(click thumbnail)If you are a radio station chief engineer, chances are you are responsible for several, maybe dozens, of stations. If you are a group’s engineering manager, the universe is even larger.
Technical types can use every tool available to help monitor operational performance at a multitude of stations, which may be co-located, across town or in the next state.
Dawning Technologies of Fairport, N.Y, has created such a tool with its Secure Network Interface unit.
Cut out the middleman
To cut right to the chase, the SNI converts a standard serial connection to TCP/IP protocol, without the expense and hassle of an intermediary.
The “intermediary,” of course, is a host computer. The SNI has to be configured to the device inputting data to it, and there is an extensive list of applets on the Dawning Technologies Web site at www.dawning.com. The SNI can be configured to work with any system as long as it has serial output. The company’s programming staff can assist with the configuration or you can do it yourself.
Once on the Internet, the SNI has its own IP address, and thereafter, logging on to it allows the user to display and monitor any device connected to the SNI exactly as if it were the device itself. User-definable settings allow for restricted access and, as the name implies, the Secure Network Interface is, in fact, secure.
According to Dawning, the company’s background is in making connectivity equipment for the medical and clinical market for 25 years.
The SNI itself was created for the medical community. Numerous applets have been created to interface to a variety of medical equipment.
Dawning saw an expanded market in other industrial fields, and from our test, has hit pay dirt by extending the applications to broadcasting.
One catch is the relative newness of Dawning to the broadcasting field. Because the medical apps business is much more mature, dozens of interfaces are written for that area. Not so in the area of broadcasting.
Dawning tells that new applications are being written all the time, and in the event one does not exist for a specific use, the company will provide the development kit for a do-it-yourself program or will write a custom application on a work-for-hire basis.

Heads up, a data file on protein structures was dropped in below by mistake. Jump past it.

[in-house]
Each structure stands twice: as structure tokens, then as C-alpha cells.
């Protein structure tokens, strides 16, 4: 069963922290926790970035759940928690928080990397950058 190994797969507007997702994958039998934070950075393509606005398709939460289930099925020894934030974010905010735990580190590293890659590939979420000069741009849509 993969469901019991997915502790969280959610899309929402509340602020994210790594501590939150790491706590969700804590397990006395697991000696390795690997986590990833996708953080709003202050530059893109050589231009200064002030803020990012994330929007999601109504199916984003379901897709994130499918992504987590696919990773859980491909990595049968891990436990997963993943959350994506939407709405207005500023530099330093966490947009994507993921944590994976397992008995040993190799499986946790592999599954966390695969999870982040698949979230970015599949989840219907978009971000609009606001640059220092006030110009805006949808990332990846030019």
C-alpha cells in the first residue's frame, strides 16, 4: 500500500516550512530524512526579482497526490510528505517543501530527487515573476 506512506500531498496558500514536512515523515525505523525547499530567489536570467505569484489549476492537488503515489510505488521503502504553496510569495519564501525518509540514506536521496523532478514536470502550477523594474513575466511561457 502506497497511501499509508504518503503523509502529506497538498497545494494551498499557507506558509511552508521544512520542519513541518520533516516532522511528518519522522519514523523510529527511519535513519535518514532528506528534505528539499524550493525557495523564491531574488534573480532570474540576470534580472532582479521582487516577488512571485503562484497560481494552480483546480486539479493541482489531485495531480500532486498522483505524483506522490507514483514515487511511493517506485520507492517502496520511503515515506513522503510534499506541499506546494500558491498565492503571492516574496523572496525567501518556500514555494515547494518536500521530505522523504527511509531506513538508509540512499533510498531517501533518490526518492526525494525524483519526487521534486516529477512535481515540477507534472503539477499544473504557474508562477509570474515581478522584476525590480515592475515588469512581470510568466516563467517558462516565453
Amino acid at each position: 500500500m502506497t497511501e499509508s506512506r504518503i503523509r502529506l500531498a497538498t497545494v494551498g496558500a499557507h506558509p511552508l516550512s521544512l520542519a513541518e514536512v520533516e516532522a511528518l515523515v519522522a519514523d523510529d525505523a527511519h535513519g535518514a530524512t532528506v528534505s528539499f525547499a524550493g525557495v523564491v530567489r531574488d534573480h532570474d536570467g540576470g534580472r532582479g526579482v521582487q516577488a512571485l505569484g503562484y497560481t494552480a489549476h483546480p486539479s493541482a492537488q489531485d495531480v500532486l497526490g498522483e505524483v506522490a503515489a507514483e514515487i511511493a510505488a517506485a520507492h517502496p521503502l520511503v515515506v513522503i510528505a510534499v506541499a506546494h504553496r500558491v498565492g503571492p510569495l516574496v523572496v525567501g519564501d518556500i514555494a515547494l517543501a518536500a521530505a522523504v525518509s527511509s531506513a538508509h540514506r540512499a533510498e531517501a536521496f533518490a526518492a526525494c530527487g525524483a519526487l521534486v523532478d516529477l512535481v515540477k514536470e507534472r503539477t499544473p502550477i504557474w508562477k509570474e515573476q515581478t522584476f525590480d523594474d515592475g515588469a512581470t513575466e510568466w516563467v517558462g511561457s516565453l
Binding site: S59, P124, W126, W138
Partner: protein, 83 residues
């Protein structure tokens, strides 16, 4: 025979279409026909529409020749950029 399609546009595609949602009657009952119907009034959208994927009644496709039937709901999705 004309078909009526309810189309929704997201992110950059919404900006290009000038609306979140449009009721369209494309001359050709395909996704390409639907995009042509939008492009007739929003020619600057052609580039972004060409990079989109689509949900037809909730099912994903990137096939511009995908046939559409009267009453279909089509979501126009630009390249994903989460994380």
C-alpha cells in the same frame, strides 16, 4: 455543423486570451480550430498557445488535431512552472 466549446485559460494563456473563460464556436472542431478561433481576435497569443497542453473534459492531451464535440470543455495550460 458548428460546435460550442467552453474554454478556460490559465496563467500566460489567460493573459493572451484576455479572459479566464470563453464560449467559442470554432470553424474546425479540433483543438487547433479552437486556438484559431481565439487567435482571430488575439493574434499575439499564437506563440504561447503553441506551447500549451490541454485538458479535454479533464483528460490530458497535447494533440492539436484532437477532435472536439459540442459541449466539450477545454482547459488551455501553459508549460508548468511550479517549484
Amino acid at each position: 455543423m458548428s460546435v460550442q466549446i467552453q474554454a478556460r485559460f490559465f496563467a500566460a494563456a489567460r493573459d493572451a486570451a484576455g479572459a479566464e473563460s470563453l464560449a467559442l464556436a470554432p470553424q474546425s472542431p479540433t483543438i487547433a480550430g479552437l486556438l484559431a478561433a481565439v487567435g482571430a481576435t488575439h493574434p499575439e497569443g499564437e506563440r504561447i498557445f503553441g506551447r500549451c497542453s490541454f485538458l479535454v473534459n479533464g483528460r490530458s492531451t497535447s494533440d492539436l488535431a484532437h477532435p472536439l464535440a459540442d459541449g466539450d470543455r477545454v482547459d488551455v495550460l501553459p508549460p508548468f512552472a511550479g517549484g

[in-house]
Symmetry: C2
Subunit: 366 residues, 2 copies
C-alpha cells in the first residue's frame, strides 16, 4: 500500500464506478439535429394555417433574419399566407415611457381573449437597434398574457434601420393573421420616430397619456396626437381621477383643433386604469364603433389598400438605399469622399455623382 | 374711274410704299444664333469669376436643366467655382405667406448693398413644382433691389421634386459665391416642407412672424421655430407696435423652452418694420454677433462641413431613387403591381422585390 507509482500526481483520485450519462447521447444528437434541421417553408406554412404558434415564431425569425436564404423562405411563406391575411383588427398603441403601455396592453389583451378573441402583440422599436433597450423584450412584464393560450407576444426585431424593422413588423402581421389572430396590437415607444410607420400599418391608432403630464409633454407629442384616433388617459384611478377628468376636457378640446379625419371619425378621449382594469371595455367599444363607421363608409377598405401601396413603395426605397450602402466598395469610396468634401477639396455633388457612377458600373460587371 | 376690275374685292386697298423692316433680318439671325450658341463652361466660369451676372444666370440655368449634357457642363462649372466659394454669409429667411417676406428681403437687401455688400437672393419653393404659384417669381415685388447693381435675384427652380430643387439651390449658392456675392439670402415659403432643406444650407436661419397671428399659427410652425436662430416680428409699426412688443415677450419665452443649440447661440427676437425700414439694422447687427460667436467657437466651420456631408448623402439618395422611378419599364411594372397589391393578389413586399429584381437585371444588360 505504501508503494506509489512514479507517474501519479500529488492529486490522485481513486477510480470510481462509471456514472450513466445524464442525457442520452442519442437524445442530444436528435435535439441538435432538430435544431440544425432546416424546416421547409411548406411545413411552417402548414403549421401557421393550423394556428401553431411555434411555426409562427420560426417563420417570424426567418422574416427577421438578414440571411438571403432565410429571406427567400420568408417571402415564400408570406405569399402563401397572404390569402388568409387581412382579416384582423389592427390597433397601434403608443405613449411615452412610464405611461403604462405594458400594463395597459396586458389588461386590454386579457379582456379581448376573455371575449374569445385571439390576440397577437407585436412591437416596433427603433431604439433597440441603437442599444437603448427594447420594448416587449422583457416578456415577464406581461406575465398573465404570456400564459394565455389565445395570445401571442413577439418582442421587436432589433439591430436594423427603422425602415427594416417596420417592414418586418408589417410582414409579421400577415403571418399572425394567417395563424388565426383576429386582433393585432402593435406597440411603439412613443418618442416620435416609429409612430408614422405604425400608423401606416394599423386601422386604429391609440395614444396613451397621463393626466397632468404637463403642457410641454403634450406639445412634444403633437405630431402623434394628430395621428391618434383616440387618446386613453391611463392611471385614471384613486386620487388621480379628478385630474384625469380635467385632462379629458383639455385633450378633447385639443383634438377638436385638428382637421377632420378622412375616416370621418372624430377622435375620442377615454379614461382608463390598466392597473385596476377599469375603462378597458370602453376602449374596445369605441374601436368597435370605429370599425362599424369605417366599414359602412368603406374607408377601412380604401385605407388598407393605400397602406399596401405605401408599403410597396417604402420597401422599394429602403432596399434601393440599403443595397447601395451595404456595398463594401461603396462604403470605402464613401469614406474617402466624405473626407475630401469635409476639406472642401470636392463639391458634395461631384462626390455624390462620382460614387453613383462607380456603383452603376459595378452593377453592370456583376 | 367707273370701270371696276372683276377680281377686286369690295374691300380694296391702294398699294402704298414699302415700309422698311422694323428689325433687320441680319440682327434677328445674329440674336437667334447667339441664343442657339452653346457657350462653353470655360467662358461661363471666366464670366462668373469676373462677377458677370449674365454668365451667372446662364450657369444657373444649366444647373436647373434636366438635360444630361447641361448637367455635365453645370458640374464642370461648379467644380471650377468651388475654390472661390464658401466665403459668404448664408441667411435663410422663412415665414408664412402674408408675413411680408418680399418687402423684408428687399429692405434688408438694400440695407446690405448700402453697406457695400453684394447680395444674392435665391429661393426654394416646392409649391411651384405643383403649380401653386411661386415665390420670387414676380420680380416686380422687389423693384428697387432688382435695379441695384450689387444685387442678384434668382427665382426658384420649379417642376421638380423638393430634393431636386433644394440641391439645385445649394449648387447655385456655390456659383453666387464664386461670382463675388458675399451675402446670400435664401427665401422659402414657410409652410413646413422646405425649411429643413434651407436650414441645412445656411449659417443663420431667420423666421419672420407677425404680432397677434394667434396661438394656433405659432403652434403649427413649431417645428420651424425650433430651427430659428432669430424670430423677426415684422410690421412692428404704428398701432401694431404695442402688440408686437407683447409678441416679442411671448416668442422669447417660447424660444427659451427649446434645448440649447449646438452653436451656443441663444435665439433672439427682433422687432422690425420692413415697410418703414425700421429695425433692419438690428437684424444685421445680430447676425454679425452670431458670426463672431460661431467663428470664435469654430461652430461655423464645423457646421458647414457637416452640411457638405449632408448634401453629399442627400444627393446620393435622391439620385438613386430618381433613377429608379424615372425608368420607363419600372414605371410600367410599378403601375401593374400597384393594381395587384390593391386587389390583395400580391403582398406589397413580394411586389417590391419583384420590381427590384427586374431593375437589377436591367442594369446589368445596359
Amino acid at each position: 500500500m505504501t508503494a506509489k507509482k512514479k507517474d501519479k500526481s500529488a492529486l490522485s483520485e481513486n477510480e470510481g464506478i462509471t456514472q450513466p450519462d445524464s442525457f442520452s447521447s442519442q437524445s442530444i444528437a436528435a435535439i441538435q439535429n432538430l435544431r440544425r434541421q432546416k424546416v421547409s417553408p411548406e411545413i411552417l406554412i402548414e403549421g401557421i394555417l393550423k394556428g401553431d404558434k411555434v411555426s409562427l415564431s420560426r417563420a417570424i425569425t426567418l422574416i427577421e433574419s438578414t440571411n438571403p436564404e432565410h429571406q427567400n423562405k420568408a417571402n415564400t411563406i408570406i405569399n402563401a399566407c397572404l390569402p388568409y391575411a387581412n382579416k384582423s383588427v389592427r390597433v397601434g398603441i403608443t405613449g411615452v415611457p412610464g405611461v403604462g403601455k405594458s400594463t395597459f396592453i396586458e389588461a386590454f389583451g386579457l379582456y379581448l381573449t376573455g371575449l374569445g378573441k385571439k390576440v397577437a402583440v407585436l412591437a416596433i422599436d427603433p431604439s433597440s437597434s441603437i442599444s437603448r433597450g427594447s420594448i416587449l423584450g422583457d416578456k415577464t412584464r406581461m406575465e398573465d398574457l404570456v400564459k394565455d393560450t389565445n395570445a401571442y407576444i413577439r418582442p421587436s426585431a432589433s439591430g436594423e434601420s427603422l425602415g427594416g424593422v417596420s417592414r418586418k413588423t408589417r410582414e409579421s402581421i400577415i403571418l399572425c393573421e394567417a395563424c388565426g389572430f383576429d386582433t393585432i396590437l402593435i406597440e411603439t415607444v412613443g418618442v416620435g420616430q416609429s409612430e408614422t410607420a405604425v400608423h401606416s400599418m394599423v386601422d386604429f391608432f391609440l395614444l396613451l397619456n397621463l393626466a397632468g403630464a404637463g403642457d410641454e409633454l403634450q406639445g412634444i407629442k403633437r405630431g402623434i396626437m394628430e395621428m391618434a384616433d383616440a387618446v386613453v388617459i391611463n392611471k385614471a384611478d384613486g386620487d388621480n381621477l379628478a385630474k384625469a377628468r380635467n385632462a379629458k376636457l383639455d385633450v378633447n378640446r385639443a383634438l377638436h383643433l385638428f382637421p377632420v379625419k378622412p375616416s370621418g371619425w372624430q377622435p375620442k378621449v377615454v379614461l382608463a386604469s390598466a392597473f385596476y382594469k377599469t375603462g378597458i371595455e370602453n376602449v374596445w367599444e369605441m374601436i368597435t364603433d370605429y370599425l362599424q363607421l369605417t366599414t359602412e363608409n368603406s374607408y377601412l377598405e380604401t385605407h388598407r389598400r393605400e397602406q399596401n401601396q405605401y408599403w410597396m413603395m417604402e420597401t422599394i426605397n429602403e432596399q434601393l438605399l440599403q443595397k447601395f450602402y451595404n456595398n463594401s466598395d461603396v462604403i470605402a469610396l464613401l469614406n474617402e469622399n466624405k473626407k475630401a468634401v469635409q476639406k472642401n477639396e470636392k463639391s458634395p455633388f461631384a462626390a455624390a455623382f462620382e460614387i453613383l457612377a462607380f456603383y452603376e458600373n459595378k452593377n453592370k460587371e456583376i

Either way, it seems a minor inconvenience for a slick addition to an operator’s bag of tricks.
The cost of the unit is $595, with a one-year hardware warranty.
The company sells the product direct. The unit packs a lot of power in a small frame. The unit is not rack-mountable, but the desktop footprint is small, only slightly larger than an external modem. RJ-45 jacks provide connectivity.
John Selmyer, CEO of Dawning, initially envisioned the SNI as a way for broadcasters to monitor EAS encoder/decoders remotely, and our SNI unit was configured to interface with a TFT EAS unit.
In this mode, EAS operations and logs can be monitored and stored from any remote location simply by logging onto the Internet from any computer, and typing in the proper IP address. Voila, instant access to the TFT box.
The SNI is advertised as being fully bidirectional. Even though Dawning configured our test unit as a remote monitoring device for the TFT, RS-232 serial connections inherently are bidirectional, so it seems a small step to add control functions to the monitoring/logging functions.
The SNI has lots of on-board storage (700 kb), and can be formatted to store and present data in HTML, or deliver it using FTP or email formats, among others.
With regard to performance: the SNI was transparent. If you like the way the TFT performs, you will like the way the SNI performs. This is the essence of a good utility product: it doesn’t get in the way of, or even appear tangential to, the host product. The SNI passes this test with flying colors.
The SNI comes in a small package, only slightly larger than an external modem, and in fact, incorporates some of the same conveniences. Connect-ions were straightforward, and anyone with the slightest understanding of computers and the Internet – certainly any technically minded broadcast engineer – will have the SNI up and running within an hour of unpacking it.
About the only downside to the SNI, other than the relative paucity of broadcast applications available, is the incredible flexibility this little piece of hardware offers to the overworked station engineer. Of course, this is a tongue-in-cheek criticism; but the creative engineer no doubt will spend long hours inventing uses for this neat little gadget.